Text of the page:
Mostly I've been working on those darn airbrakes. I am now pretty comfortable with the design that I've worked out. I think it will work OK, will fit into the wing OK, and (most importantly) that we can fabricate and assemble the parts without any particular heroics. I think we might have to do some tweaking to get all the clearances right, but I don't think that will take any great deal of trouble.
I'm also working on the root ribs, figuring out where we'll mount the autoconnect arms onto them and getting squishes of the profiles.
The next big mechanical puzzle will be the outboard flaperon drive bellcrank. That's another intensely 3D part that is best developed in situ to capture the subtleties of its location and geometry.
On 18 July, climbing with Alia at Chipmunk Flat on Highway 108.
On 19 July, Rearranging the shop after ADF 10. Here's two flaperon skins still in their molds.
Three photos of one of the inboard flaperons that Doug and Brad made during this latest ADF.
On the afternoon of 24 July, Brigitta waxes the form for the mold for the aibrake arm forward anchors. This is a generic mound shape that we'll cut to size, embed anchor nuts in, and bond onto the aft wall of the wing spar. We're using an experimental vacuum-filmed molding technique that I read about on Jim Marske's Web site.
The next day, the mold unbagged. This didn't work out as planned; even though we waxed the stretch film over the form it would not release from the epoxy. The next time we try this, I will use thin visqueen or even just saran wrap instead of stretchalon for the vacuum film.
Later that day, making the first part in the mold. I spent all the rest of the day cutting and shaping the steel tubing for the airbrake arms.
Early that evening, the first full set of parts for the outboard airbrake arms. Note the microstop length adjustment for fine-tuning the four-bar geometry of the airbrake system.
On 1 August, the first two parts from the airbrake anchor molds, and a second copy of the mold we made to supplement the first.
Doug and Brad left me these storage bins after the last ADF, probably as a hint that I need to work more on organizing the shop. Here I've filled a pair of them with threaded bosses for attaching 1/4-28 and 3/8-24 male shank rod ends to the 5/8" OD aluminum tubing we're using for most of the control system push-pull circuits. I shopped these out on mfgquote.com and got pretty good prices on them so I ordered 75 each.
The first set of anchors, trimmed to size and fitted with anchor nuts.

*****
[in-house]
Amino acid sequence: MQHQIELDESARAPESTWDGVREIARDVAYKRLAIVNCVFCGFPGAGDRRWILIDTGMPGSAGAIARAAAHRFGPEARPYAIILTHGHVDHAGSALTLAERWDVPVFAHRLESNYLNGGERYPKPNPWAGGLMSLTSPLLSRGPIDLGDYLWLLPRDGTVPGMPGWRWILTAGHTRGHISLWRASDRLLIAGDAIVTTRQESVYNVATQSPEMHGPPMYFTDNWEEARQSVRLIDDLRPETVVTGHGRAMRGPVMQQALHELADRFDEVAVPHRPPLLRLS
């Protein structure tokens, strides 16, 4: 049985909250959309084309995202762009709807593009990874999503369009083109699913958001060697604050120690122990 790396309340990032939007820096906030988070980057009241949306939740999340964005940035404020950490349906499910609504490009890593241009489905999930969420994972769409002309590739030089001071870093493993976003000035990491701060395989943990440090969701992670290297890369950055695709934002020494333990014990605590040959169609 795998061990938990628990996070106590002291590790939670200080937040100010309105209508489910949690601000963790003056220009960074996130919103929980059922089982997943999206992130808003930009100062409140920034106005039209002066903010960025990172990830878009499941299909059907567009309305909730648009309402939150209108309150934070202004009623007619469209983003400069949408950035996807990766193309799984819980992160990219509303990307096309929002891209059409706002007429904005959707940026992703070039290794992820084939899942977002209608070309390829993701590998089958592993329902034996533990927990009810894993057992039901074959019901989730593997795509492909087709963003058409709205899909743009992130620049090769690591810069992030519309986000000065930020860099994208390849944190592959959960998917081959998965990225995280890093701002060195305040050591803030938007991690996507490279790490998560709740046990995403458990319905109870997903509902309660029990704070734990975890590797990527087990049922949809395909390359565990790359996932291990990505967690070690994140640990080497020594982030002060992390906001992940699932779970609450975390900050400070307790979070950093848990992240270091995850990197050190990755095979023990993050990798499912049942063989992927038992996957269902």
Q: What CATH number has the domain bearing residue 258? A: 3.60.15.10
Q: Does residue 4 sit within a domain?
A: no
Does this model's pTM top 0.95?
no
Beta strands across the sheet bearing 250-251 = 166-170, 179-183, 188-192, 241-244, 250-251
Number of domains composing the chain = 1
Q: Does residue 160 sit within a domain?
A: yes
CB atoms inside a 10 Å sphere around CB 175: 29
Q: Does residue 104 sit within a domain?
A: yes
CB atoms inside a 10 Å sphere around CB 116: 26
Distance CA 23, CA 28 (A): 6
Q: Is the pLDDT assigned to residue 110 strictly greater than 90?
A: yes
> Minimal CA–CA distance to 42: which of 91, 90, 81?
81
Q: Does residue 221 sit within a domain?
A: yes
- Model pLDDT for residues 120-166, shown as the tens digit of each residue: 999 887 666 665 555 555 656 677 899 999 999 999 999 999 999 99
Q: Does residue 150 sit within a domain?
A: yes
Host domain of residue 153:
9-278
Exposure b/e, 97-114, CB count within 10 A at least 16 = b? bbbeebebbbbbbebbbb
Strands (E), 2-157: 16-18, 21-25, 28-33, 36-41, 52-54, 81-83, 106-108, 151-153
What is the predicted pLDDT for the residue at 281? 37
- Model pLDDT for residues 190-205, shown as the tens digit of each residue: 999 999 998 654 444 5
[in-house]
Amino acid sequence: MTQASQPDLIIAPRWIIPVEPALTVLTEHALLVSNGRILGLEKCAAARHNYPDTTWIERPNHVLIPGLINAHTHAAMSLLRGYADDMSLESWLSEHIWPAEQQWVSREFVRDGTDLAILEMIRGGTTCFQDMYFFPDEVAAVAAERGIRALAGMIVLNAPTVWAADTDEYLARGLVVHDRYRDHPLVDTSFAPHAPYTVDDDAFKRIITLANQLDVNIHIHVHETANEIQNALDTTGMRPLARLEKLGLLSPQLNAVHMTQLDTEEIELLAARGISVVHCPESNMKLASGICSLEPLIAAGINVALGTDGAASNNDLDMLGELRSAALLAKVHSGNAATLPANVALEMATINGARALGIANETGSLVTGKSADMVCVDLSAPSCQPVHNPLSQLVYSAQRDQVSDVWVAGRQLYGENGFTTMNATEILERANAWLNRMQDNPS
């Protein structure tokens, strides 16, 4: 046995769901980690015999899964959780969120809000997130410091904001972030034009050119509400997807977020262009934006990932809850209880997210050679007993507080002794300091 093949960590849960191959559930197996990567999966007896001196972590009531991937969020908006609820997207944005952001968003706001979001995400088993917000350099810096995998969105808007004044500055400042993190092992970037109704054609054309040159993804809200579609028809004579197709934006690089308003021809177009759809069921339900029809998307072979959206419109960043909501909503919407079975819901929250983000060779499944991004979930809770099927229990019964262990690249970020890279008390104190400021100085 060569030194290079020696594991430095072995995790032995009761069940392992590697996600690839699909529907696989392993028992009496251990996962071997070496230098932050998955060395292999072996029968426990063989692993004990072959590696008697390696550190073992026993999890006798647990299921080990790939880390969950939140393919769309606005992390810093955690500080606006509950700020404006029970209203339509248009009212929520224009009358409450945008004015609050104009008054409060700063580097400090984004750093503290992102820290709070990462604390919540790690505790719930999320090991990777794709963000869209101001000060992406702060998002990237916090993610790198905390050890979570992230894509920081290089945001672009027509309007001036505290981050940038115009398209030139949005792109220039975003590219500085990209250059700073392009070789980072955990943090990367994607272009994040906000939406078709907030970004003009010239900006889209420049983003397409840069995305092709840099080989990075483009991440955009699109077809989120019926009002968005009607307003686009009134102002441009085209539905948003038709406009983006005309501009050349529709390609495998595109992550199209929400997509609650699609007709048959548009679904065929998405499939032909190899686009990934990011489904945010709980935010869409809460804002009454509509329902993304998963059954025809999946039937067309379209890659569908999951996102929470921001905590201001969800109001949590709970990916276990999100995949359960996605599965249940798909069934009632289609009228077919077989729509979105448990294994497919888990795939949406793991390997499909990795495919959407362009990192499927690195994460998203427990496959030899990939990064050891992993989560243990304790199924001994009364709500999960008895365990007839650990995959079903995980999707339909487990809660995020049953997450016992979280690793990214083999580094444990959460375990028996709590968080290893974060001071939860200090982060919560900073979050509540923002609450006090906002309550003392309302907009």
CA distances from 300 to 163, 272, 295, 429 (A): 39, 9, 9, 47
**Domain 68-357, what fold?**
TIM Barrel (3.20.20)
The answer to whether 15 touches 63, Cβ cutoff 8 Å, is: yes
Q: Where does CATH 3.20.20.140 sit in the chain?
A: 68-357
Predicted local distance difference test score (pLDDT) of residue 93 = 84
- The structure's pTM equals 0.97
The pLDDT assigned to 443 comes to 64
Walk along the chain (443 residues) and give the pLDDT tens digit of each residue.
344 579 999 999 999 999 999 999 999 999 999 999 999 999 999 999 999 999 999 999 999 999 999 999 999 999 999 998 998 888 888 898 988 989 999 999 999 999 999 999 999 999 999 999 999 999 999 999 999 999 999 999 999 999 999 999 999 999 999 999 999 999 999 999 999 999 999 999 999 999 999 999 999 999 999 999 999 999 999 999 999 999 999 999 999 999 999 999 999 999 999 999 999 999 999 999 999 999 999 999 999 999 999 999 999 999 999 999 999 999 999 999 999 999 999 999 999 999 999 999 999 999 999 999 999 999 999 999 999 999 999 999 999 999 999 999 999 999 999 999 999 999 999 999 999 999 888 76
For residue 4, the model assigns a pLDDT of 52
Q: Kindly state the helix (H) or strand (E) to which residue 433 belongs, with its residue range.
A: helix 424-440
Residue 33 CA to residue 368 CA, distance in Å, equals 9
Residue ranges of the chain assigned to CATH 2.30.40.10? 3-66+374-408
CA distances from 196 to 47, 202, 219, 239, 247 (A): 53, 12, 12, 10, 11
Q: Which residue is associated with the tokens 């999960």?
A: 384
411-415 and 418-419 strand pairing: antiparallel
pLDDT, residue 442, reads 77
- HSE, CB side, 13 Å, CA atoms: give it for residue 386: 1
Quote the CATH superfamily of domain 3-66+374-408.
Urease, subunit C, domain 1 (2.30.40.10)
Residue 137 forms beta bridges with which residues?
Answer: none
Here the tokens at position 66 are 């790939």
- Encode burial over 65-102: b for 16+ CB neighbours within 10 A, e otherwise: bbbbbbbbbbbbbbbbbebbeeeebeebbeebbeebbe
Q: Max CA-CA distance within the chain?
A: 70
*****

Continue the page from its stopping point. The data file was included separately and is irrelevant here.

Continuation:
The inboard and outboard anchors attached to the locating fixture.
The fixture mounted on the spider and tagging the anchors onto the spar. They'll later get secured with two extra plies of carbon.
That afternoon we drove up to a brushy knoll that overlooks the Stanislaus river canyon to have a look at the Knight fire burning on the far side.
The morning of 2 August, three photos of the half-squish that I'm making to capture the profile of the left forward root rib. The plane of the top edge of the web roughly corresponds to the chord line. I will make matching half-squishes on the lower skin, and later bond the half-squishes together using either a mating fixture or by matching the two wing skin molds together.
This thick strip of fiberglass at the inboard end of the lower wing skin will become the lower flanges of the half-squishes for the root ribs. Later I'll make two-piece molds for the root ribs. I'm using aluminum furnace tape and clear packing tape for mold release.
That evening, the outboard airbrake arm anchor, still needing some cleanup but ready for testing the airbrake arm geometry.
Here I've put the locating fixture back onto the spider, and I'm using hot melt glue and PVC foam chocks to tag down a piece of masonite that represents the aft wall of the airbrake box where it supports the inboard arm and also the overcenter bellcrank.
Fitting the arm in place and evaluating the swing against the location of the slot in the upper surface.
The airbrake arm (temporarily assembled with hot glue and more PVC foam chocks) in place at the outboard anchor station.
Homebuilt aviation is not for folks who don't try things at home.
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page updated 3 August 2009 all text and graphics copyright (c) 2009 HP Aircraft,
page updated 3 August 2009 all text and graphics copyright (c) 2009 HP Aircraft, LLC